“The attempt by foreign nations to illegally gather economic and other intelligence information in the United States through covert agents is a direct threat to the national security of the United States, and it exemplifies why counterespionage is a top priority,” said John Carlin, assistant attorney general for national security.

Attorney General Eric H. Holder Jr. said the government would use “every tool at our disposal” to identify and “hold accountable” foreign spies.

Mr. Sporyshev, 40, worked as a Russian trade representative until last year, and Mr. Podobnyy, 27, worked as an attache for the Russian Federation at the United Nations until 2013, Justice Department records show.

But both men, U.S. officials said, directed Mr. Buryakov in his spying endeavors then analyzed what he gathered and transmitted it back to Moscow.

Information from the Justice Department said the SVR told him to focus on, among other fields, possible U.S. sanctions against Russia and U.S. efforts to develop alternative energy resources.

Mr. Buryakov also helped create questions for intelligence gathering by workers at a “leading Russian state-owned news organization,” Justice Department officials said.

The organization “is sometimes used by Russian intelligence to gain access to and gather intelligence under the cover of the news media,” according to the complaint filed against Mr. Buryakov.

Analysts have said the media outlet in question, though never expressly stated by the Justice Department, is most likely RT, formerly called Russia Today, a Kremlin-owned English-language news channel that recently gained attention for a number of journalists quitting on air in protest over the station’s coverage of the Ukraine war.

According to court documents, the FBI observed the three men from March 2012 to September 2014 in 48 outdoor meetings, often surreptitious exchanges of information and notes that Mr. Buryakov had collected.

The FBI also said they have recordings of conversations between Mr. Sporyshev and Mr. Podobnyy that included direct discussions of their connections to the SVR, including talking about contracts, reimbursements and paid leave at the spy agency.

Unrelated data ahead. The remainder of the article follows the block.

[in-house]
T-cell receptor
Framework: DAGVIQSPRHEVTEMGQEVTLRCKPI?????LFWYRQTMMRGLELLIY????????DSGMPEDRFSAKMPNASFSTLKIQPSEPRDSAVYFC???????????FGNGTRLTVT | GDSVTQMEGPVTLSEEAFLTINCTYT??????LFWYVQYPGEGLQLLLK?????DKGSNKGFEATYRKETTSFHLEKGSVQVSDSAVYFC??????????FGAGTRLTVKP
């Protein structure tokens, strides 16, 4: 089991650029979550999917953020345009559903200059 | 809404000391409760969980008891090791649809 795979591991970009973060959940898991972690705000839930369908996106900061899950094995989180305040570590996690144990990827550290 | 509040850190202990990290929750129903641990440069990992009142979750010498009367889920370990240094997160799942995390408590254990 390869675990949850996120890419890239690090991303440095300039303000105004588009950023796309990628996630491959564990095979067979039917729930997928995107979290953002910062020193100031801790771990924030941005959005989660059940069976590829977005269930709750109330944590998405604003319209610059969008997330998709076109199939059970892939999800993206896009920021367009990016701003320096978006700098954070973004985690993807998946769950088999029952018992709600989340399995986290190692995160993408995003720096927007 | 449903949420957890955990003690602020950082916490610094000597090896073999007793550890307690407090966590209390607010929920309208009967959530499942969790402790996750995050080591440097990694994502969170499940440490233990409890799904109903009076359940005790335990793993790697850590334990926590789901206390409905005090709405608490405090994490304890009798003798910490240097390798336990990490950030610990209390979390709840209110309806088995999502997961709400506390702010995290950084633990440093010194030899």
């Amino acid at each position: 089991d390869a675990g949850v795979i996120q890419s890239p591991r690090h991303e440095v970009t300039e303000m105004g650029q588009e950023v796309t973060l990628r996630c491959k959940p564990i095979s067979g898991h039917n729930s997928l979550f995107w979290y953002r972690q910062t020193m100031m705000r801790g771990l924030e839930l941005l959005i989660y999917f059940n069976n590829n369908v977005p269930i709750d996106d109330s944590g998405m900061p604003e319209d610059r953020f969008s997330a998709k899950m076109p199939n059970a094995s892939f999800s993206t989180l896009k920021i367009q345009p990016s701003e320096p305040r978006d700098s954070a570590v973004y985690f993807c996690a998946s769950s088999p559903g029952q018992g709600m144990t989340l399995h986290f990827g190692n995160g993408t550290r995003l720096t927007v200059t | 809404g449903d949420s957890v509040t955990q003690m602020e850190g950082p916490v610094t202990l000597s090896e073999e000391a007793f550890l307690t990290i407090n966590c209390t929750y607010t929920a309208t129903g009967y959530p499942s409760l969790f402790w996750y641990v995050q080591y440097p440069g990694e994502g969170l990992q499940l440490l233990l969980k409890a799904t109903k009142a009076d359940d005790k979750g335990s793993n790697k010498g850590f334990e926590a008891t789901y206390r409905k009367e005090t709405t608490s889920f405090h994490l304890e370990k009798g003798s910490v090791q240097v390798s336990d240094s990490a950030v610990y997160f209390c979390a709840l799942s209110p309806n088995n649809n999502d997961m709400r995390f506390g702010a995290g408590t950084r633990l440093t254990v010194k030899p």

Monday’s arrest is the most recent case of purported Russian spies being caught on U.S. soil.

In 2010, the FBI caught and expelled 10 Russian agents, including some who were living in New York. Several of the spies were released as part of a prisoner exchange with the Kremlin.

One of the spies, Anna Chapman, become a minor tabloid celebrity in her home country, going on a propaganda tour to several Russian agencies as well as posing for that nation’s version of Maxim magazine.

She garnered attention on Twitter when she said she would be willing to marry former U.S. government contractor Edward Snowden. Recent reports show the situation may have been more serious, with Ms. Chapman trying to seduce Mr. Snowden to get him to reveal secrets about U.S. spying capabilities.

Mr. Snowden, a former contractor with the National Security Agency, sought asylum in Russia after his disclosure that the U.S. government was running a broad surveillance program of U.S. citizens. Several security advocates have warned that the move means Mr. Snowden’s information likely has wound up in Russian hands.

• Phillip Swarts can be reached at pswarts@washingtontimes.com.